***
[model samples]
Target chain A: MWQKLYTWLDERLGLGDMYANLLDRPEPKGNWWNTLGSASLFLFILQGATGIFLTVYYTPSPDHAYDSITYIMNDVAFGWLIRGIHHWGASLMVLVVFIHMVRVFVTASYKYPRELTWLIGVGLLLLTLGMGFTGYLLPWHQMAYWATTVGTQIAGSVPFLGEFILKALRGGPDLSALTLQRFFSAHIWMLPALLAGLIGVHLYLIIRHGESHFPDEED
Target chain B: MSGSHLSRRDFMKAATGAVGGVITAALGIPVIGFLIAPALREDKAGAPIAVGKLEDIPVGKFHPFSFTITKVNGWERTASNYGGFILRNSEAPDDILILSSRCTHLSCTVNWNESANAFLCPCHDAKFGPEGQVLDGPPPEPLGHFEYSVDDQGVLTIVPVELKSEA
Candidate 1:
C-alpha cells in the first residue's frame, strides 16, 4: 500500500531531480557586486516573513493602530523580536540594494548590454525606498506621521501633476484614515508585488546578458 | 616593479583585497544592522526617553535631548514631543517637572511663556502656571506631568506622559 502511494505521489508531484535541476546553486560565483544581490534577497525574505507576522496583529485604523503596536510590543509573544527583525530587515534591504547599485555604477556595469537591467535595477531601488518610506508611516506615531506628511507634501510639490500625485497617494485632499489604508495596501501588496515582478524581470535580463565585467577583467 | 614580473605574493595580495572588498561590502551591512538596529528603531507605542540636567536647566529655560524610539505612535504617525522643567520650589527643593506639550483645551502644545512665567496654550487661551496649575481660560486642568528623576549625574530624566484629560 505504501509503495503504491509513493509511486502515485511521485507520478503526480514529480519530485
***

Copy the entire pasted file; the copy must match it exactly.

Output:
[model samples]
Target chain A: MWQKLYTWLDERLGLGDMYANLLDRPEPKGNWWNTLGSASLFLFILQGATGIFLTVYYTPSPDHAYDSITYIMNDVAFGWLIRGIHHWGASLMVLVVFIHMVRVFVTASYKYPRELTWLIGVGLLLLTLGMGFTGYLLPWHQMAYWATTVGTQIAGSVPFLGEFILKALRGGPDLSALTLQRFFSAHIWMLPALLAGLIGVHLYLIIRHGESHFPDEED
Target chain B: MSGSHLSRRDFMKAATGAVGGVITAALGIPVIGFLIAPALREDKAGAPIAVGKLEDIPVGKFHPFSFTITKVNGWERTASNYGGFILRNSEAPDDILILSSRCTHLSCTVNWNESANAFLCPCHDAKFGPEGQVLDGPPPEPLGHFEYSVDDQGVLTIVPVELKSEA
Candidate 1:
C-alpha cells in the first residue's frame, strides 16, 4: 500500500531531480557586486516573513493602530523580536540594494548590454525606498506621521501633476484614515508585488546578458 | 616593479583585497544592522526617553535631548514631543517637572511663556502656571506631568506622559 502511494505521489508531484535541476546553486560565483544581490534577497525574505507576522496583529485604523503596536510590543509573544527583525530587515534591504547599485555604477556595469537591467535595477531601488518610506508611516506615531506628511507634501510639490500625485497617494485632499489604508495596501501588496515582478524581470535580463565585467577583467 | 614580473605574493595580495572588498561590502551591512538596529528603531507605542540636567536647566529655560524610539505612535504617525522643567520650589527643593506639550483645551502644545512665567496654550487661551496649575481660560486642568528623576549625574530624566484629560 505504501509503495503504491509513493509511486502515485511521485507520478503526480514529480519530485